"When was the last time you cried?" The doctor asked as he shifted his eyelids from the reports to me.
Bewildered, I stared at him. It was an abdominal scan. What does that have to do with... with my cryotary system (where ever that was located)?
His sharp eyes insisted on an answer. I closed my eyes briefly to go back to the time I had last shed tears. I wasn't surprised as the voices in my head starting laughing, intersecting my thought process. What the hell is he making me do?
"5 months" I gave him a ball park.
"5 months, exact?"
"Well, maybe 8. I am not sure."
"You are not sure?"
"Doctor. I know this is a gastrointestinal issue. I have had it since I was a little girl. I have a terrible lifestyle, really. I will take the antacids you suggested and not take more of your valuable time"
He smiled, "You are polite. You have learnt well"
"Learnt well to put up a strong public face. Take my advice, Shonali - let it out. When you are alone, of course. You need not hold that poker-face up always"

I just tossed him a smile and took my leave. On my way to the bus-stop I was staring at my reports trying to figure out if there are some abnormalities indicated. The numbers looked just fine.

I jumped up the bus and took the seat in the rear side of the bus. As my usual ritual goes, I put on my earplugs, leaning towards the window and closed my eyes.

When was the last time I cried?

Is it really that big a deal? I have people all around me putting up a mask. That's as normal as it gets. Isn't it?

A while later the bus jerk stopped as I opened my eyes to watch the two new occupants of the bus walk in. They tapped their cards against the machine and took their seats around me, adjacent to each other. One of them was a girl around my age, looking outside the window, lost in her own world. The other was an European male with a heavy backpack and 'South-east Asia travel map' in his hand. I watched the solo traveler flip through the pages as he kept an eye on the number of stops that went by.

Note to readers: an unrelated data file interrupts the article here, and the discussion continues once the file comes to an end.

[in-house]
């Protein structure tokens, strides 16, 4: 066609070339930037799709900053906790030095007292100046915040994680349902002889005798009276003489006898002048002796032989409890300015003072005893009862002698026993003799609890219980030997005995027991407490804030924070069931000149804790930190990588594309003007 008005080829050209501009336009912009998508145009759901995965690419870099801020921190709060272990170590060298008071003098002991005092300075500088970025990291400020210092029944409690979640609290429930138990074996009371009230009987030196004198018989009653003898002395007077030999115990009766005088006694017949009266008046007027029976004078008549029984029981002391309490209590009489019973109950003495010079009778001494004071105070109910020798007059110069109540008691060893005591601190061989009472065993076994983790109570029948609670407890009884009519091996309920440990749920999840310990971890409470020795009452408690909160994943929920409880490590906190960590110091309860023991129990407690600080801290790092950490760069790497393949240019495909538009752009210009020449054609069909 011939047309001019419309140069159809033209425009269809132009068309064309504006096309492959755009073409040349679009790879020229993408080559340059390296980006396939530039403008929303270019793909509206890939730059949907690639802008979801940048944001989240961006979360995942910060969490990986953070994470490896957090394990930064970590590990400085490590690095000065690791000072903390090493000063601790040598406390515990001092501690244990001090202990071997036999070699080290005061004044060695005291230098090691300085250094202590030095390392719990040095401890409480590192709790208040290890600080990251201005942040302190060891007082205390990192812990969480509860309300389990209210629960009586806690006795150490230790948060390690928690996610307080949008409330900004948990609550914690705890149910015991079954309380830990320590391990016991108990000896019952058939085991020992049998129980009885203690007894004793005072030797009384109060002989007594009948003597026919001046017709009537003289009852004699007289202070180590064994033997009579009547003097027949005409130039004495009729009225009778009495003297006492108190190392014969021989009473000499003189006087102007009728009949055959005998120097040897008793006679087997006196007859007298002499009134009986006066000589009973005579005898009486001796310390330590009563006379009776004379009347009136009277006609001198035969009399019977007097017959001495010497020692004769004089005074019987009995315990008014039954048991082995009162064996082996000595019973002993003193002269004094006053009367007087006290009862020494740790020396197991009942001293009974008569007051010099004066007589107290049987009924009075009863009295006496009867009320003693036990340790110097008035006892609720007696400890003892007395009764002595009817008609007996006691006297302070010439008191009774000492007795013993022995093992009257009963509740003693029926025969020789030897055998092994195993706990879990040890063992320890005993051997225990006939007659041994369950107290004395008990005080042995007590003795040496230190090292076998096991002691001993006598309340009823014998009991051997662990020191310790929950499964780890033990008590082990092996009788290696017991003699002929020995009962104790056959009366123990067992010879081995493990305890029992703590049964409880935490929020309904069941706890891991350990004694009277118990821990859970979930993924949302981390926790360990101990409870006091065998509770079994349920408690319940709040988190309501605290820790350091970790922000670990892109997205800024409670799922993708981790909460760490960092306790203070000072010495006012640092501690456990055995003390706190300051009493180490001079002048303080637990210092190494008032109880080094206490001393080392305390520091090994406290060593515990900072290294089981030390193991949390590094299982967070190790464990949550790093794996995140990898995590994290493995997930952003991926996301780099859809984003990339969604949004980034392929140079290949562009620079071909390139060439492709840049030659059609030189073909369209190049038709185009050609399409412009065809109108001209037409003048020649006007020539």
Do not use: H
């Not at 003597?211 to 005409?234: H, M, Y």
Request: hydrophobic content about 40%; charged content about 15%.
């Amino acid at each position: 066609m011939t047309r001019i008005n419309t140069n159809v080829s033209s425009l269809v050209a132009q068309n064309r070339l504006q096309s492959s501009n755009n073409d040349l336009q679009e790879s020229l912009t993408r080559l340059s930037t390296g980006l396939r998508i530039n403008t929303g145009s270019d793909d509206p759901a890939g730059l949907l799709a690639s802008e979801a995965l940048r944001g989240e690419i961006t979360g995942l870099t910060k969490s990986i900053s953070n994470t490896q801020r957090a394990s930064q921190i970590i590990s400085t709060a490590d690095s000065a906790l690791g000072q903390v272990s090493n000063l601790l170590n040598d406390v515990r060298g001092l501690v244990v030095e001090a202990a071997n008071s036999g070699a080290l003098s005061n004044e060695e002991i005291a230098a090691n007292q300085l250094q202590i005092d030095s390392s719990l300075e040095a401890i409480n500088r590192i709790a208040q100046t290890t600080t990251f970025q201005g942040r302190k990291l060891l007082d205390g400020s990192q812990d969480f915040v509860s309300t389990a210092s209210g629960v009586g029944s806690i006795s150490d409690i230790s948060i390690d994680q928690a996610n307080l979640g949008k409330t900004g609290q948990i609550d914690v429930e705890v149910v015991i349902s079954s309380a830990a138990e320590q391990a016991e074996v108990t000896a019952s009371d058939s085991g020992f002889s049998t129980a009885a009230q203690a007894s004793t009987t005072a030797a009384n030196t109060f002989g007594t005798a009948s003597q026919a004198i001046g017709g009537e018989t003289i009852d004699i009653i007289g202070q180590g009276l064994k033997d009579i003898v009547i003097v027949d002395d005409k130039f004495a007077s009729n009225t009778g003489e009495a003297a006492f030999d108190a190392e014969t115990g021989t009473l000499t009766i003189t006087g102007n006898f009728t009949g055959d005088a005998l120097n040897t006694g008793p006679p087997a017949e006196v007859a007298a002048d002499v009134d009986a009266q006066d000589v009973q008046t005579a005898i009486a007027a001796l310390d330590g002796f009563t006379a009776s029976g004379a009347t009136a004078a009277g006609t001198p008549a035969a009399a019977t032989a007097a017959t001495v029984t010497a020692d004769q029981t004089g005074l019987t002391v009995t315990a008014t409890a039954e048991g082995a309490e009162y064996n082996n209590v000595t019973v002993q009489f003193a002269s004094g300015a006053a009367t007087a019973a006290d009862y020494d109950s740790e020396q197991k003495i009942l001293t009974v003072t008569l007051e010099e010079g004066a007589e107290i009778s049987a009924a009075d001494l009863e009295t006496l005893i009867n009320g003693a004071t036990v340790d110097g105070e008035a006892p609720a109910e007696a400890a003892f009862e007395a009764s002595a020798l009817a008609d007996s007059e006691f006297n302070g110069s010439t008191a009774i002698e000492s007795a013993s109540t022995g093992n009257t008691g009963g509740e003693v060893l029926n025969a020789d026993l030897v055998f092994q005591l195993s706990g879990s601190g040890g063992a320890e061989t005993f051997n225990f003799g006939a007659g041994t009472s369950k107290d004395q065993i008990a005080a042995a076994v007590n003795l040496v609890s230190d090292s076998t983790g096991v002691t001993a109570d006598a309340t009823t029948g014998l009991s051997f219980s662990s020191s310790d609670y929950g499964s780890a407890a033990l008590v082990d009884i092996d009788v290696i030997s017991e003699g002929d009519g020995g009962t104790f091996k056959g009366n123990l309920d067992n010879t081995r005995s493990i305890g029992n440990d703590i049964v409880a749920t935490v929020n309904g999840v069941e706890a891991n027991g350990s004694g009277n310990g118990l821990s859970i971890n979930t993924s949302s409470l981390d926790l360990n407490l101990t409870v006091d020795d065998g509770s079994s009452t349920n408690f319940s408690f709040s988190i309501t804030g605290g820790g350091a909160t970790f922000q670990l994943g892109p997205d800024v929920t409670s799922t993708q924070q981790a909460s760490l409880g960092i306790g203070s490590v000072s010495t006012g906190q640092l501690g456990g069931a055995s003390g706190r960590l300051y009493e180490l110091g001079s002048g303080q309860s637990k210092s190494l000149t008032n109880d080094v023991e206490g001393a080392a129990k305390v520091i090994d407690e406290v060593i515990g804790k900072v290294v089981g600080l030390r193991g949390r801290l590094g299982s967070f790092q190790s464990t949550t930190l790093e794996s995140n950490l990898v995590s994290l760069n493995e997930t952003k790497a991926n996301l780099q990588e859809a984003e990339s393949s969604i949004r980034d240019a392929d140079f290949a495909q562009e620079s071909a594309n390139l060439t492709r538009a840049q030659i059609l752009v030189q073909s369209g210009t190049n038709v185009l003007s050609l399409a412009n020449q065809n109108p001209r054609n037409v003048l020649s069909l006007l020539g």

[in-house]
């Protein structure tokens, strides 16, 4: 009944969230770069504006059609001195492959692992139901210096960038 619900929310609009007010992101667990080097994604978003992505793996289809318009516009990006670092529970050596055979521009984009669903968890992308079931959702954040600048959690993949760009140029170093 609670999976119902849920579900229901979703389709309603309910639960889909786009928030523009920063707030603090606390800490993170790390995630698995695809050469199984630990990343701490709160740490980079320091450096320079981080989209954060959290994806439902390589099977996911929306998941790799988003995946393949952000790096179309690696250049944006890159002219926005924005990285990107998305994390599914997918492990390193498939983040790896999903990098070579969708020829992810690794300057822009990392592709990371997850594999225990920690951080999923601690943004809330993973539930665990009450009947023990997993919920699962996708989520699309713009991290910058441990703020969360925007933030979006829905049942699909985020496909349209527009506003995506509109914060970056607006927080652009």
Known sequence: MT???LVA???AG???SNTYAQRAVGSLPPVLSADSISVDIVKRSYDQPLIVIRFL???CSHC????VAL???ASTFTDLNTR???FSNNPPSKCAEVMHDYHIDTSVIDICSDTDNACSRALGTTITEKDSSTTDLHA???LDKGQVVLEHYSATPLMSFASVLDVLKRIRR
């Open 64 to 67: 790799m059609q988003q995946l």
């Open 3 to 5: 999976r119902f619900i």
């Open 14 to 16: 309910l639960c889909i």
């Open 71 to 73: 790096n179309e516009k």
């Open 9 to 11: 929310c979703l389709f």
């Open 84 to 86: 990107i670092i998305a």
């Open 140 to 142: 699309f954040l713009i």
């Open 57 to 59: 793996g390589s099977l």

He reminded me of one the exchange students in my school days. That kid was not just smart and talented, he was the most humble people I had met it my life. I remember a certain kind of smartness in his eyes that was indeed very attractive; not in a desirable way but in a way that would make you want to warm up to him. He was my only friend back then.

Ah! There's a good start. Remember the childhood where you had literally no one who wanted to sit with you in class because you were always the "new girl" in the school? Think about that. That should make you tear up. Oh, oh, there comes my laughing inner-voice again!

I think my amusement reflected on my face without my knowledge. The solo traveler turned to face me and responded to my smile with a quick, happy nod.